Monday, November 23, 2015

Where I Come From

I wrote this to formally introduce myself to the readers at Washington Monthly's blog Political Animal. Even though some readers here will have heard parts of this story, I don't think I've ever put it all together here.

The literal answer to the question, "Where do you come from, Nancy?" is that I've lived in Minnesota for the last 30 years. But that represents a stability that I didn't experience during the first 30 years of my life. Home base for my family has always been north east Texas (in the Congressional District that is currently represented by Louie Gohmert - if that gives you some idea of the culture). But beyond that, I've lived in Peru, South America, Oregon, Florida, Colorado and Southern California - with a year in England during college.

But the more figurative answer to the question that might help you understand my writing and view of politics has to do with two of the major developments in my life. I graduated from college with a degree in teaching. But early on that trajectory was altered and I began my career working with troubled youth. That led me to get a Master's Degree in Marriage and Family Therapy in the early 1980's when the principles the "hard sciences" had discovered about the systemic nature of the ecosphere were being applied to human behavior. After spending five years as a family therapist in a shelter for runaway youth, I went on to apply that systemic thinking to the broader community in my role as the executive director of a nonprofit organization whose mission was to keep young people out of the juvenile justice system.

My fascination with politics is simply another manifestation of my interest in human behavior, especially the social nature of how we interact with one another. The study of politics, like therapy, is an effort to understand how we change - sometimes for the better and sometimes for the worse. Much as I approached my understanding of therapy from a systemic viewpoint, I bring those same assumptions to my understanding of politics. Here is a description of how general systems theory changes the nature of inquiry:
General systems theory was originally proposed by biologist Ludwig von Bertalanffy in 1928. Since Descartes, the "scientific method" had progressed under two related assumptions. A system could be broken down into its individual components so that each component could be analyzed as an independent entity, and the components could be added in a linear fashion to describe the totality of the system. Von Bertalanffy proposed that both assumptions were wrong. On the contrary, a system is characterized by the interactions of its components and the nonlinearity of those interactions.
Family systems theory got away from the idea of identifying and treating individual pathology and instead looked at how dysfunction was actually embedded in the family system. It also took heed of the notion that any individual change would disrupt the system, sometimes in ways that created further dysfunction. That is the "big picture" look that I bring to an understanding of our political system.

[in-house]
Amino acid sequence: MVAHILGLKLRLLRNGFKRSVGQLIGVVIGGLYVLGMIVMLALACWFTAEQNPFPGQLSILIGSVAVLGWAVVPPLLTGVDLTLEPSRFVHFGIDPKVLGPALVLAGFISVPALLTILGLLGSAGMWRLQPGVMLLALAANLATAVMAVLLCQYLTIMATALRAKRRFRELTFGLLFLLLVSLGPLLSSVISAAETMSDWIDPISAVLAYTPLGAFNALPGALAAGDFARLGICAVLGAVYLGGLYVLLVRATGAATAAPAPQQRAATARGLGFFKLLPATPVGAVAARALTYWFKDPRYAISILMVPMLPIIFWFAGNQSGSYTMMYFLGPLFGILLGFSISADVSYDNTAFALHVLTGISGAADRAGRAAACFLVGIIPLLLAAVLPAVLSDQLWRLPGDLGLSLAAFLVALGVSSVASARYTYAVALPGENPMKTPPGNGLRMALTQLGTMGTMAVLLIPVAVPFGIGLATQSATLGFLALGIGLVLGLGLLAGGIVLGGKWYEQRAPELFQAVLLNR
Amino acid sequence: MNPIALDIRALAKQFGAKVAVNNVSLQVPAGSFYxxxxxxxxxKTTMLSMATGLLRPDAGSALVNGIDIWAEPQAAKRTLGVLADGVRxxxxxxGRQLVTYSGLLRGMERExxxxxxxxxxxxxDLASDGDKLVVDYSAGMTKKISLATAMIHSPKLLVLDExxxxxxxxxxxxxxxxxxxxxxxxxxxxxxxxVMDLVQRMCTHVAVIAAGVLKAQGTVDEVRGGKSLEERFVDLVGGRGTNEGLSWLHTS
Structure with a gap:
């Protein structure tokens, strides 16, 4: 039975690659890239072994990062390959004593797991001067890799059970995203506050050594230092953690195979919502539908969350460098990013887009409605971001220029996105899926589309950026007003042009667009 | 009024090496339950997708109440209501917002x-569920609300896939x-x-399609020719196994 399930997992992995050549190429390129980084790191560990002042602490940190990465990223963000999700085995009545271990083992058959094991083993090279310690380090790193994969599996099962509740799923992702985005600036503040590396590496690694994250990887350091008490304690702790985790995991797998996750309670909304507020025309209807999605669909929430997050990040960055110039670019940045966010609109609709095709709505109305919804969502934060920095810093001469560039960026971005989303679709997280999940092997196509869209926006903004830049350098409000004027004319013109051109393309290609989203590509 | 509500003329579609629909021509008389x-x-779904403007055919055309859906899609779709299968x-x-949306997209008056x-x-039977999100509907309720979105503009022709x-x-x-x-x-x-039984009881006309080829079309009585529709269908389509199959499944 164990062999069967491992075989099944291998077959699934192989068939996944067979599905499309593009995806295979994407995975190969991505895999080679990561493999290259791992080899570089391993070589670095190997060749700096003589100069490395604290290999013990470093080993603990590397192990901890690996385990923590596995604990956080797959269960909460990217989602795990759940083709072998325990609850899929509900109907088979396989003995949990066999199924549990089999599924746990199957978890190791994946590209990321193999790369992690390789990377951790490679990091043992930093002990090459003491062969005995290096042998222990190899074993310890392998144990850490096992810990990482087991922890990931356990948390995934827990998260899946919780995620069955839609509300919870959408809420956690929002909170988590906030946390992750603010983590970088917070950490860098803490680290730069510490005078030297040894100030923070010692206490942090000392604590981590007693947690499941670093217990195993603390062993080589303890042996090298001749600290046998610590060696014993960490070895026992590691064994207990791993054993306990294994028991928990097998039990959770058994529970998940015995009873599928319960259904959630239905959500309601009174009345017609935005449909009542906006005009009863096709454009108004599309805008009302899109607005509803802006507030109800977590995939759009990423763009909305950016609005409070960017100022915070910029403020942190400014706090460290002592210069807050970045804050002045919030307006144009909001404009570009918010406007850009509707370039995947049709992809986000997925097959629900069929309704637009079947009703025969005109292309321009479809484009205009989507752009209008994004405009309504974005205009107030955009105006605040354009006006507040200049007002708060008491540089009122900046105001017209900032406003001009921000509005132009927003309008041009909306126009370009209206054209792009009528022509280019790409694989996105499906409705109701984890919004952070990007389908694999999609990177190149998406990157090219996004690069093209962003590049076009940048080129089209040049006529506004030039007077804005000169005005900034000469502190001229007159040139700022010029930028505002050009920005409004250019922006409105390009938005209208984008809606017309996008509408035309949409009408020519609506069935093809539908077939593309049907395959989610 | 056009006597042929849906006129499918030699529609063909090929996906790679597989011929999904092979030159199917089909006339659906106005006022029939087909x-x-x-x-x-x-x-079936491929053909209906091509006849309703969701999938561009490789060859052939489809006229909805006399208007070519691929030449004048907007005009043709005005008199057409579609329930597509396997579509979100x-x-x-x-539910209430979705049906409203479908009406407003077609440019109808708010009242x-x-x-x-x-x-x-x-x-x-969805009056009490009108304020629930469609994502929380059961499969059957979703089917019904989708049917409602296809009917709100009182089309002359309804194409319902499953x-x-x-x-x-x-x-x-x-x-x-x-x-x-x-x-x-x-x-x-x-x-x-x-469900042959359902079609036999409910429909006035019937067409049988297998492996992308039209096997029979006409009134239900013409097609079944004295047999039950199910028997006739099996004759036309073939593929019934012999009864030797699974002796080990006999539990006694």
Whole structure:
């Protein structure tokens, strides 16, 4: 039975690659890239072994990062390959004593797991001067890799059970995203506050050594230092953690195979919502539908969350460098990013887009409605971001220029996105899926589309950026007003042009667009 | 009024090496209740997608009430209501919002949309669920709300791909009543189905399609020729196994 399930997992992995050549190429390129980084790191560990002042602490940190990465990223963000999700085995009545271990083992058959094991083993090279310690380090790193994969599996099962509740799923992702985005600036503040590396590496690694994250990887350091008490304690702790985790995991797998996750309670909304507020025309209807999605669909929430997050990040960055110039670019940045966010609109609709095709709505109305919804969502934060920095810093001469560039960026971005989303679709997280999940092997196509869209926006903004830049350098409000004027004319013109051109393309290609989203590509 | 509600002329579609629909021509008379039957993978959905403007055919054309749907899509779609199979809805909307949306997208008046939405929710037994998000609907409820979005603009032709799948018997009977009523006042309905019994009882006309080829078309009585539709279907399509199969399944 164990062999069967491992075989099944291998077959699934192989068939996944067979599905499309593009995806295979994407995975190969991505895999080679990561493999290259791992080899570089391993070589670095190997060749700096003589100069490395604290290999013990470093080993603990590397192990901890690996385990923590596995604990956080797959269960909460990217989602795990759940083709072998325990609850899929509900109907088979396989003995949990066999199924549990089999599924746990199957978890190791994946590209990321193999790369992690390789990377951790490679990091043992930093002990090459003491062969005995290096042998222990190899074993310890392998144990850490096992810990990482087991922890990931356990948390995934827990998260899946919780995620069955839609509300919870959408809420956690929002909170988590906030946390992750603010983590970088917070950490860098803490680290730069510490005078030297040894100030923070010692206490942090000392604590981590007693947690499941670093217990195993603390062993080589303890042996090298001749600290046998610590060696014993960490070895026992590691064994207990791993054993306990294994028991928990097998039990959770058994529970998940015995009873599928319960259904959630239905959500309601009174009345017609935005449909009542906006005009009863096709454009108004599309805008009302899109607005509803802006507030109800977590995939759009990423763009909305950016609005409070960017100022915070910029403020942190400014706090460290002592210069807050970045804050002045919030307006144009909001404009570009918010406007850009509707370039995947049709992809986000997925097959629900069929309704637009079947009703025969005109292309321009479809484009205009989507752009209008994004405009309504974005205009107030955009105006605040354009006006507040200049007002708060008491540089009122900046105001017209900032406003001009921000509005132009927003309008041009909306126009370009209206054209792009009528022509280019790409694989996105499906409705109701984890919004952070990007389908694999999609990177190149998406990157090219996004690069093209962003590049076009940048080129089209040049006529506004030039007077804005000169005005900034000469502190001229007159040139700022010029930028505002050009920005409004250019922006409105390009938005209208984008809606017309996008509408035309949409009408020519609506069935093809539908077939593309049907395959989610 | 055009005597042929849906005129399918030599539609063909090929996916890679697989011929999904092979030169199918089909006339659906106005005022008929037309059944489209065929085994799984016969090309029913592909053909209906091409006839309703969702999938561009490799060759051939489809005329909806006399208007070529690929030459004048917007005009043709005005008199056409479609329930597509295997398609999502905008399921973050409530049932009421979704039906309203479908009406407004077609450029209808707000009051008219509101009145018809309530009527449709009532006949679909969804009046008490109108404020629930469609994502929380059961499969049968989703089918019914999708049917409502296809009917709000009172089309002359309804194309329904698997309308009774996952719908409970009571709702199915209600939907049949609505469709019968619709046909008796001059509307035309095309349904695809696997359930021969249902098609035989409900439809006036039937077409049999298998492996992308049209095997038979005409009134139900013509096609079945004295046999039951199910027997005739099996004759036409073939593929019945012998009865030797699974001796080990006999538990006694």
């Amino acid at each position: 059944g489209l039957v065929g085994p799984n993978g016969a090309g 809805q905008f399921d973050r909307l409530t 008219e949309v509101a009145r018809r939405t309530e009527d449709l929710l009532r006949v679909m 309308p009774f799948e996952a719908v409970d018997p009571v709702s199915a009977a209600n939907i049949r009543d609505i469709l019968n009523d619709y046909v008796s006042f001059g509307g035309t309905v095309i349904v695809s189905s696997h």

The other major development in my life that explains where I come from is that I was raised in a very conservative fundamentalist Christian family and community. In early adulthood I began a journey to examine what I had been taught because it conflicted so strongly with my own experience in the world. Back in 2006 Sara Robinson wrote a powerful series of essays about people leaving authoritarian systems. She captured my experience far better than I could.
We must never, ever underestimate what it costs these people to let go of the beliefs that have sustained them. Leaving the safety of the authoritarian belief system is a three-to-five year process. Externally, it always means the loss of your community; and often the loss of jobs, homes, marriages, and blood relatives as well. Internally, it requires sifting through every assumption you've ever made about how the world works, and your place within it; and demands that you finally take the very emotional and intellectual risks that the entire edifice was designed to protect you from. You have to learn, maybe for the first time, to face down fear and live with ambiguity.
I often joke about being a slow learner. That process of "sifting through every assumption you've ever made about how the world works, and your place within it" actually took me over 20 years. Along the way I learned to embrace cognitive dissonance as the prelude to questions that deserve to be asked. I grew uncomfortable with conventional wisdom and people who embraced the kind of certitude I heard from ideologues. But most of all, I learned to trust the process I went through and what I tapped into along the way. Anyone who has taken such a journey, no matter why it was launched, discovers a great treasure.



There in this place, where your arms unfold
Here at last, you see your ancient face
Now you know. Now you know.

So...that's where I come from. But enough about me. I am very excited to get on with this new adventure here at Political Animal. And I'm grateful to all of you for giving me this opportunity!

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